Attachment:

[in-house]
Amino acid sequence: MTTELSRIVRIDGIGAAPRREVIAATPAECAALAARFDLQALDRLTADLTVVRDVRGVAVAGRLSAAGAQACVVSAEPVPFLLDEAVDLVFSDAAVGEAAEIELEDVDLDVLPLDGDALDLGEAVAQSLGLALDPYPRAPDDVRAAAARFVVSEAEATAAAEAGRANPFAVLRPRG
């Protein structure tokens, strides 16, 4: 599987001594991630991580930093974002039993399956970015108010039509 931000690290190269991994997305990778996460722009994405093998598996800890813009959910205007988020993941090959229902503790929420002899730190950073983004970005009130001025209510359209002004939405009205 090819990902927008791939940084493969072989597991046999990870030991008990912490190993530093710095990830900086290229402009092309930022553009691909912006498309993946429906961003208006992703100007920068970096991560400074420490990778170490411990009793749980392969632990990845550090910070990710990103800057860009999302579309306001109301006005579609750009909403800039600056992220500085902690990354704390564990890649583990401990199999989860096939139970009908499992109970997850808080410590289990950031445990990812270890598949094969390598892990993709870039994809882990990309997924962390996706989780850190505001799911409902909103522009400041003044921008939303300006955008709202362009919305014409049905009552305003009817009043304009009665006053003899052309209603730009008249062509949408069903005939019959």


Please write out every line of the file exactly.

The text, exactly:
[in-house]
Amino acid sequence: MTTELSRIVRIDGIGAAPRREVIAATPAECAALAARFDLQALDRLTADLTVVRDVRGVAVAGRLSAAGAQACVVSAEPVPFLLDEAVDLVFSDAAVGEAAEIELEDVDLDVLPLDGDALDLGEAVAQSLGLALDPYPRAPDDVRAAAARFVVSEAEATAAAEAGRANPFAVLRPRG
């Protein structure tokens, strides 16, 4: 599987001594991630991580930093974002039993399956970015108010039509 931000690290190269991994997305990778996460722009994405093998598996800890813009959910205007988020993941090959229902503790929420002899730190950073983004970005009130001025209510359209002004939405009205 090819990902927008791939940084493969072989597991046999990870030991008990912490190993530093710095990830900086290229402009092309930022553009691909912006498309993946429906961003208006992703100007920068970096991560400074420490990778170490411990009793749980392969632990990845550090910070990710990103800057860009999302579309306001109301006005579609750009909403800039600056992220500085902690990354704390564990890649583990401990199999989860096939139970009908499992109970997850808080410590289990950031445990990812270890598949094969390598892990993709870039994809882990990309997924962390996706989780850190505001799911409902909103522009400041003044921008939303300006955008709202362009919305014409049905009552305003009817009043304009009665006053003899052309209603730009008249062509949408069903005939019959």